Both 9 and 10 can be made up in 2 different ways by adding pairs of the numbers 1, 2, … 6, that is

9 = 3 + 6 = 4 + 5

10 = 4 + 6 = 5 + 5

Explain why it is that when you throw two dice you are more likely to get a score of 9 than of 10.

What about the case of 3 dice?

Is a score of 9 more likely then a score of 10 with 3 dice?

Click here to download the NINES AND TENS worksheet.

Click here to download the Notes for Teachers.

26 Responses to Nines and Tens

  1. King Flanis says:

    Yes in case of three dice 10 can be too possible to get

  2. Tombi Mona says:

    Quite interesting and thought – provoking activity!With two dice, expected outcomes to get a 9 are (6/3; 4/5; 3/6 & 5/4),The expected outcomes to get a 10 are (5/5; 6/4 & 4/6)There are 4 combinations of ways to get a 9 as compared to 3 combinations of ways to get a 10 which makes makes it more probable to get a 9 than a 10 when throwing two dice.

  3. Stombles Magadlela says:

    In the case of 3 dices you can have

    It is highly possible with 3 dices to have the sum of 9 and 10

  4. Cynthia Fries says:

    You are right in thinking there are many more ways of making both 9 and 10 when you have 3 dice. Your learners will have to be very systematic when they start listing these combinations. Don’t forget that 5+4+1 is different from 5+1+4 which is different from 4+5+1 which is different from ….

  5. Joyce Rooimes says:

    I gave my grade 6 learners this problem, I ask them to find the possible numbers that will give us 9. here are their solutions with 3 dice.
    1+2+6=9, 2+3+4=9, 3+5+1=9, 5+2+2=9, 4+3+2=9,3+3+3=9, 4+4+1=9. i gave homework for finding possible numbers for 10 and more for 9.

  6. Ntholeng Lekhetha says:

    My Grade 6 learners gave me these possible chances of sums of 10.

  7. Msuthu Mdleleni says:

    The activity was very interesting to learners.They enjoyed it and we noticed that throwing three dices you get many combinations of 9 and 10 than when using two dices.I also let them draw tally table inorder to record each throw so as to find out which number has got most scores and which one had few scores

  8. Fezzy Gxothiwe says:

    Grade4&5.I did the nines & tens activity with my children today.One is in grade4&the other in grade5.They got these answers:


    More than giving me the possible answers they enjoyed playing with the dice.Learning through play is the best way for children.

  9. Zim Wopa says:

    I gave my grade 9 learners this problem, they took a lot of time as a result I treated it as a homework. I wanted each learner to work on his/her own and have enough time to think about it. It went well because when we do it the following day others manage to identify their mistakes and misunderstandings.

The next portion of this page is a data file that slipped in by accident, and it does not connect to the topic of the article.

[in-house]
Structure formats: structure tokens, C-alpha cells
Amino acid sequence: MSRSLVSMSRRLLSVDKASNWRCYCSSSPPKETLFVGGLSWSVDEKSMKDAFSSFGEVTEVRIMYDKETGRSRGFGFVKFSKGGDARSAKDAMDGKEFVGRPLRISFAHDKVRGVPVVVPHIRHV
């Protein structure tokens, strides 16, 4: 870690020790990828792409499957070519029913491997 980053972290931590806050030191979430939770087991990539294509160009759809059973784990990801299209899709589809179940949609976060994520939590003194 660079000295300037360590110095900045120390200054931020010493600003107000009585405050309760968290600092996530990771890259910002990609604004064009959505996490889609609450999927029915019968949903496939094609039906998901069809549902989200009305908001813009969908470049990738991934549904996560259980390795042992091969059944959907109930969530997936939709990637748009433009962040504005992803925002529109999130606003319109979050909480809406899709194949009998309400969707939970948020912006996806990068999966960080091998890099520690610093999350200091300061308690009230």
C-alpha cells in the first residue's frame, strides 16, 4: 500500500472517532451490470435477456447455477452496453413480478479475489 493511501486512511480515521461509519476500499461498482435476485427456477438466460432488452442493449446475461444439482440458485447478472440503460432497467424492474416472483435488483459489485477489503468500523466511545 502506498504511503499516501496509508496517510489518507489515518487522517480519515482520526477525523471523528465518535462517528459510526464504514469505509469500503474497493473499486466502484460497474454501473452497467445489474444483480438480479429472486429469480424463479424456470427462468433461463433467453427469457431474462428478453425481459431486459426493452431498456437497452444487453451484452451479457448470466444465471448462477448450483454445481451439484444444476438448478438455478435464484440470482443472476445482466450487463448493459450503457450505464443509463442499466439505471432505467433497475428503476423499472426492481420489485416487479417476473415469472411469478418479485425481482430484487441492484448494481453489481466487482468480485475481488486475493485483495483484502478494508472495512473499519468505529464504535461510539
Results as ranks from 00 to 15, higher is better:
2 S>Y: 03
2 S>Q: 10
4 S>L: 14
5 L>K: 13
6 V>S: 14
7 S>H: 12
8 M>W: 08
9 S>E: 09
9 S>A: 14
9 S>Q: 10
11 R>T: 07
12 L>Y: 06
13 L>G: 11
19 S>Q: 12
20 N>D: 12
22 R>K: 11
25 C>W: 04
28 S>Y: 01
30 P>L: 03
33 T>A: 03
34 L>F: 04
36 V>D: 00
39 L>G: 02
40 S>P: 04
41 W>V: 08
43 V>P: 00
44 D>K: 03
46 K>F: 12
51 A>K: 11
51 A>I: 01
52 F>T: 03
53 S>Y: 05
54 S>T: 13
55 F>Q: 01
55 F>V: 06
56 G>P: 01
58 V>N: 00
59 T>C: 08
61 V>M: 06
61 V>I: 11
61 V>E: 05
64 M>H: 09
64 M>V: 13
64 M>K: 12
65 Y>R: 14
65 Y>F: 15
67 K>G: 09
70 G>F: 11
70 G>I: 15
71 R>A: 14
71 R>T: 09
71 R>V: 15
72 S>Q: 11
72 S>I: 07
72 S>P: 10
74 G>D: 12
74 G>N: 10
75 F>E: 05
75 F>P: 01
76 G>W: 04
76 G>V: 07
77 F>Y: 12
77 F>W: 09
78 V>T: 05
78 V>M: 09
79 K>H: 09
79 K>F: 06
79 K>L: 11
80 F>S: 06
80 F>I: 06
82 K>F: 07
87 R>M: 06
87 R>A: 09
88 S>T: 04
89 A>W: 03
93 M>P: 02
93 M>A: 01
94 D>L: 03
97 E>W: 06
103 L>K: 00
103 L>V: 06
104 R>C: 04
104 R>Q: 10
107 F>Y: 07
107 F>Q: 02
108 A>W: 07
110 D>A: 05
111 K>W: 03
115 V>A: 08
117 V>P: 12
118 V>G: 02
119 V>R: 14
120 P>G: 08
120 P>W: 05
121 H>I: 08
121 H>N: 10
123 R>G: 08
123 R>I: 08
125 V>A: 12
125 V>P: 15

10. Ntosh Pinda-Nkonjane says:

    Hi Toni, this was achallenging exercise to my grade 8 learners. They struggled a lot to work it out and I’ve dicovered that maths exercises need a lot of time for effectiveness. That has made me to have morning classes so as to provide more time. That has assisted me in that I was able to identify heir problem areas.

  11. Ntholeng Lekhetha says:

    My Grade 6 learners also did this and they came up with the following:

    • Sari Smit says:

      That looks good Ntoleng. As one can see there are many possible combinations of making 9 and 10 with three dice. As Cynthia said, you REALLY have to be very SYSTEMATIC in how you find all the possibilities for making 9 and 10. For example take the last combinations of 3+2+4 and 2+3+4: It looks as if your learners realise that those are two different combinations, which they are. They need to remember that they are working with 3 dice. Try to get them to further investigate that combination of 2, 3 and 4 and then …..

  12. Simthe Nolusu says:

    I gave this to my grade 8 learnerssome of them responded positively others took a long time to get answers.

  13. Rose Moleko says:

    My grade 6 learners enjoyed this activity. Some of them took a long time to understand that 2+3+4,2+4+3 and 3+2+4 for example are not the same.after demonstrations and explanations by their peers, the different groups came up with possible answers and other numbers were also tried using dice.

  14. Sdumo Msindo says:

    I gave this problem to grade 9 learners. They discovered that for two dice there is a possibility of getting more scores of 9 than of 10 because 10 is affected by 5+5.